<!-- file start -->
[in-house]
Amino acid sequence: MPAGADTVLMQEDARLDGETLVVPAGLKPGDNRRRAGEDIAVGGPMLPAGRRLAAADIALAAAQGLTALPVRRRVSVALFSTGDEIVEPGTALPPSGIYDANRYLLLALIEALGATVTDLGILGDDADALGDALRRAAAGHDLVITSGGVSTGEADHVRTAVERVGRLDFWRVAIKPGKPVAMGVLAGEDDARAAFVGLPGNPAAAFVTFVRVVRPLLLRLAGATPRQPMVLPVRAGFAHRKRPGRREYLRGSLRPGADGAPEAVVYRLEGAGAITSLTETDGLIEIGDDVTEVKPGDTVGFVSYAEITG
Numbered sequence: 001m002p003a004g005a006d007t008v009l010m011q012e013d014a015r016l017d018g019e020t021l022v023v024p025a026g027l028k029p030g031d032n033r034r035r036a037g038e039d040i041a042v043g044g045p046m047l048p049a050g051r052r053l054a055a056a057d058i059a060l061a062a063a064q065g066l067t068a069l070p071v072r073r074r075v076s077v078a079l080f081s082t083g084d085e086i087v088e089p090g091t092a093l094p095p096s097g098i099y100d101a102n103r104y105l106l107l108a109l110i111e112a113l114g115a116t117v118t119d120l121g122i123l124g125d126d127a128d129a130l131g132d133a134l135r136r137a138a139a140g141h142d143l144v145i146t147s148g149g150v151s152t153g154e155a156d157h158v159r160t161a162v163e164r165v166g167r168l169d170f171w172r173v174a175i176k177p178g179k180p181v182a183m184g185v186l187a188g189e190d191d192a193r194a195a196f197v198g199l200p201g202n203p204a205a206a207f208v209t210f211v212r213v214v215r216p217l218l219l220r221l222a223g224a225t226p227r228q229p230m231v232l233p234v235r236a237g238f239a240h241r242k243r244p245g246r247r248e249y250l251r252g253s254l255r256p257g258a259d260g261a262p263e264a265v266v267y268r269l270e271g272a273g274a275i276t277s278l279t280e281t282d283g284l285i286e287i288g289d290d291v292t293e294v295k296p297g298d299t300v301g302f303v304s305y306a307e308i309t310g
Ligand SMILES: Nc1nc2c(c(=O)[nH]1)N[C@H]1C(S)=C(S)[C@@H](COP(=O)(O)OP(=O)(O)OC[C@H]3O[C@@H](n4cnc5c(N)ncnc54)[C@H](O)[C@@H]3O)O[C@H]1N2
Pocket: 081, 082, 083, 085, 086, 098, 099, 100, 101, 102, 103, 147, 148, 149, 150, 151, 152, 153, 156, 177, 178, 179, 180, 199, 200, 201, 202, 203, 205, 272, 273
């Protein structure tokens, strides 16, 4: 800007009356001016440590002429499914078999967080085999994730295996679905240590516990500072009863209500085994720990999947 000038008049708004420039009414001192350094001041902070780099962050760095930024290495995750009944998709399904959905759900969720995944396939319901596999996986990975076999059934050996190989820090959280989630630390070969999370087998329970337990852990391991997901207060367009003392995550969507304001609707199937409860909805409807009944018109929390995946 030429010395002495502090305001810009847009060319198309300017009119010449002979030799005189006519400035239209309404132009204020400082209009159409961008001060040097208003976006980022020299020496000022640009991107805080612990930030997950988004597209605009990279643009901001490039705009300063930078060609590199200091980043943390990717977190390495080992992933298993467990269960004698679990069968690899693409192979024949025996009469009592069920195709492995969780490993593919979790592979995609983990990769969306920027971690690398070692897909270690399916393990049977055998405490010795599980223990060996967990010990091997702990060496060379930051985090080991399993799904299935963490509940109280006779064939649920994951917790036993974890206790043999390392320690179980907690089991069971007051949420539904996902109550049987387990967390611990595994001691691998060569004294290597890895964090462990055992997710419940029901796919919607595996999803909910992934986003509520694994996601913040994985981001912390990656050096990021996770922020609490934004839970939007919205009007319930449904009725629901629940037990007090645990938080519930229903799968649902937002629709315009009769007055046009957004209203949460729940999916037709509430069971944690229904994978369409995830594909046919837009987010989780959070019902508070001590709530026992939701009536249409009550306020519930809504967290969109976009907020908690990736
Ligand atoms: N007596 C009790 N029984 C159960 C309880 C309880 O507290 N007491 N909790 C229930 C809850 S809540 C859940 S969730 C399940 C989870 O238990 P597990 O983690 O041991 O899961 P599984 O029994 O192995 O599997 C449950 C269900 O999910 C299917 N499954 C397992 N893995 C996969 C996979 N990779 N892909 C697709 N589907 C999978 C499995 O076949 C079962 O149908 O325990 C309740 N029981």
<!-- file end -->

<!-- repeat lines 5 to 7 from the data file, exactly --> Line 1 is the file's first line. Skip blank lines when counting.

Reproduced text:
Pocket: 081, 082, 083, 085, 086, 098, 099, 100, 101, 102, 103, 147, 148, 149, 150, 151, 152, 153, 156, 177, 178, 179, 180, 199, 200, 201, 202, 203, 205, 272, 273
């Protein structure tokens, strides 16, 4: 800007009356001016440590002429499914078999967080085999994730295996679905240590516990500072009863209500085994720990999947 000038008049708004420039009414001192350094001041902070780099962050760095930024290495995750009944998709399904959905759900969720995944396939319901596999996986990975076999059934050996190989820090959280989630630390070969999370087998329970337990852990391991997901207060367009003392995550969507304001609707199937409860909805409807009944018109929390995946 030429010395002495502090305001810009847009060319198309300017009119010449002979030799005189006519400035239209309404132009204020400082209009159409961008001060040097208003976006980022020299020496000022640009991107805080612990930030997950988004597209605009990279643009901001490039705009300063930078060609590199200091980043943390990717977190390495080992992933298993467990269960004698679990069968690899693409192979024949025996009469009592069920195709492995969780490993593919979790592979995609983990990769969306920027971690690398070692897909270690399916393990049977055998405490010795599980223990060996967990010990091997702990060496060379930051985090080991399993799904299935963490509940109280006779064939649920994951917790036993974890206790043999390392320690179980907690089991069971007051949420539904996902109550049987387990967390611990595994001691691998060569004294290597890895964090462990055992997710419940029901796919919607595996999803909910992934986003509520694994996601913040994985981001912390990656050096990021996770922020609490934004839970939007919205009007319930449904009725629901629940037990007090645990938080519930229903799968649902937002629709315009009769007055046009957004209203949460729940999916037709509430069971944690229904994978369409995830594909046919837009987010989780959070019902508070001590709530026992939701009536249409009550306020519930809504967290969109976009907020908690990736
Ligand atoms: N007596 C009790 N029984 C159960 C309880 C309880 O507290 N007491 N909790 C229930 C809850 S809540 C859940 S969730 C399940 C989870 O238990 P597990 O983690 O041991 O899961 P599984 O029994 O192995 O599997 C449950 C269900 O999910 C299917 N499954 C397992 N893995 C996969 C996979 N990779 N892909 C697709 N589907 C999978 C499995 O076949 C079962 O149908 O325990 C309740 N029981």